Skip To Content
Fast Forward

‘Drug Dealers In Nice Suits’: Sackler Family Faces Charges For Abuse Of Opioids

Members of the multi-billionaire Sackler family, who own the company that makes the prescription painkiller OxyContin, are facing prosecution and likely a criminal investigation over America’s devastating opioid crisis, The Guardian reported.

Connecticut-based Purdue Pharma created and sells OxyContin, a legal narcotic that kills almost 200 people a day.

Several family members were recently sued by Suffolk County in New York for the overdose deaths and addiction hitting communities. Lawyers believe other U.S. cities, counties and states will soon follow.

Prosecutors in Connecticut and New York might also be considering criminal fraud and racketeering charges, as the drug has been overprescribed and falsely marketed to doctors, legal counsel told the Guardian.

Purdue itself is also being sued by at least 30 states. Lawyers believe it will end in a massive settlement.

Paul Hanly, a New York City lawyer representing Suffolk County, described the Sacklers as a drug family.

“Drug dealers in nice suits and dresses,” he said.

Brothers Mortimer and Raymond Sackler, both of whom have died, started Purdue Pharma and created OxyContin in the mid-1990s, according to the Guardian. Out of the 20 family members, eight are listed in the lawsuit: their adult children — Richard, Jonathan, Kathe, Mortimer David Alfons Sackler and Ilene Sackler Lefcourt — and widows, Theresa and Beverly Sackler.

Alyssa Fisher is a news writer at the Forward. Email her at [email protected], or follow her on Twitter at @alyssalfisher

I hope you appreciated this article. Before you go, I’d like to ask you to please support the Forward’s award-winning, nonprofit journalism during this critical time.

Now more than ever, American Jews need independent news they can trust, with reporting driven by truth, not ideology. We serve you, not any ideological agenda.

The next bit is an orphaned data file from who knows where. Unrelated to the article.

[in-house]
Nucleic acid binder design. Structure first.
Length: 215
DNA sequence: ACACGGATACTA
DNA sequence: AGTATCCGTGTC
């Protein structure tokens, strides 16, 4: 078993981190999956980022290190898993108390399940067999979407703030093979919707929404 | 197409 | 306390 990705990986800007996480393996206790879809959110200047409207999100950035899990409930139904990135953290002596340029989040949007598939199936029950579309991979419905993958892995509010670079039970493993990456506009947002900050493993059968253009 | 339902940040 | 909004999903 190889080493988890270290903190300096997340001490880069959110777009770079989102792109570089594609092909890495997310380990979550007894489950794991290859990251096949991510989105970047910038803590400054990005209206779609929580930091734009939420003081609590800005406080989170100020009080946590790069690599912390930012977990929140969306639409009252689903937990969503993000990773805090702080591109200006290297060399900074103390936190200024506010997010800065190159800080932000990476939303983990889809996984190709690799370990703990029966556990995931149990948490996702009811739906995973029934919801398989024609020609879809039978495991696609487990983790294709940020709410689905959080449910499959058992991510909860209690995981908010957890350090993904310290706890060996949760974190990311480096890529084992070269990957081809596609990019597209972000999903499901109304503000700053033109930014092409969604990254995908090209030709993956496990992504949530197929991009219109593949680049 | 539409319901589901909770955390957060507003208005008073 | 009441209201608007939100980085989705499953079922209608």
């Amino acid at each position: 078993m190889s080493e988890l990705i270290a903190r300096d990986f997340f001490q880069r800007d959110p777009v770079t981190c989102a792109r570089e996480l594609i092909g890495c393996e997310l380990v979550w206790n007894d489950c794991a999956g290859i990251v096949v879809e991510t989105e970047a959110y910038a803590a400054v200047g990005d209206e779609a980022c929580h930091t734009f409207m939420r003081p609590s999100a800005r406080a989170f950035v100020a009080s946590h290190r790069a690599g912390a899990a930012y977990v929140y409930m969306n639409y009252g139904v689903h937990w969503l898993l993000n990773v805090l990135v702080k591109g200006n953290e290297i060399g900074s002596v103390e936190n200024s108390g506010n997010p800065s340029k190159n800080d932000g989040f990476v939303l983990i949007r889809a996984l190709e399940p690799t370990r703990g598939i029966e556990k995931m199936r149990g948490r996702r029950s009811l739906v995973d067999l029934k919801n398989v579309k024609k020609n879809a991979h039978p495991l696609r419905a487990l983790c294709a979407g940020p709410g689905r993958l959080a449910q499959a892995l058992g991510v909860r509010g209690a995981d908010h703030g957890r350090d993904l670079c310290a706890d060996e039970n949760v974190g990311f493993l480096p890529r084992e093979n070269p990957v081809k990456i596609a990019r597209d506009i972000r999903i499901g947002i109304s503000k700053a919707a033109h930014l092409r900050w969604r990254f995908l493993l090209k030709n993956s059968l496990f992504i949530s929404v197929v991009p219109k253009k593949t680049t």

At a time when other newsrooms are closing or cutting back, the Forward has removed its paywall and invested additional resources to report on the ground from Israel and around the U.S. on the impact of the war, rising antisemitism and the protests on college campuses.

Readers like you make it all possible. Support our work by becoming a Forward Member and connect with our journalism and your community.

Make a gift of any size and become a Forward member today. You’ll support our mission to tell the American Jewish story fully and fairly. 

— Rachel Fishman Feddersen, Publisher and CEO

Join our mission to tell the Jewish story fully and fairly.

Republish This Story

Please read before republishing

We’re happy to make this story available to republish for free, unless it originated with JTA, Haaretz or another publication (as indicated on the article) and as long as you follow our guidelines. You must credit the Forward, retain our pixel and preserve our canonical link in Google search.  See our full guidelines for more information, and this guide for detail about canonical URLs.

To republish, copy the HTML by clicking on the yellow button to the right; it includes our tracking pixel, all paragraph styles and hyperlinks, the author byline and credit to the Forward. It does not include images; to avoid copyright violations, you must add them manually, following our guidelines. Please email us at [email protected], subject line “republish,” with any questions or to let us know what stories you’re picking up.

We don't support Internet Explorer

Please use Chrome, Safari, Firefox, or Edge to view this site.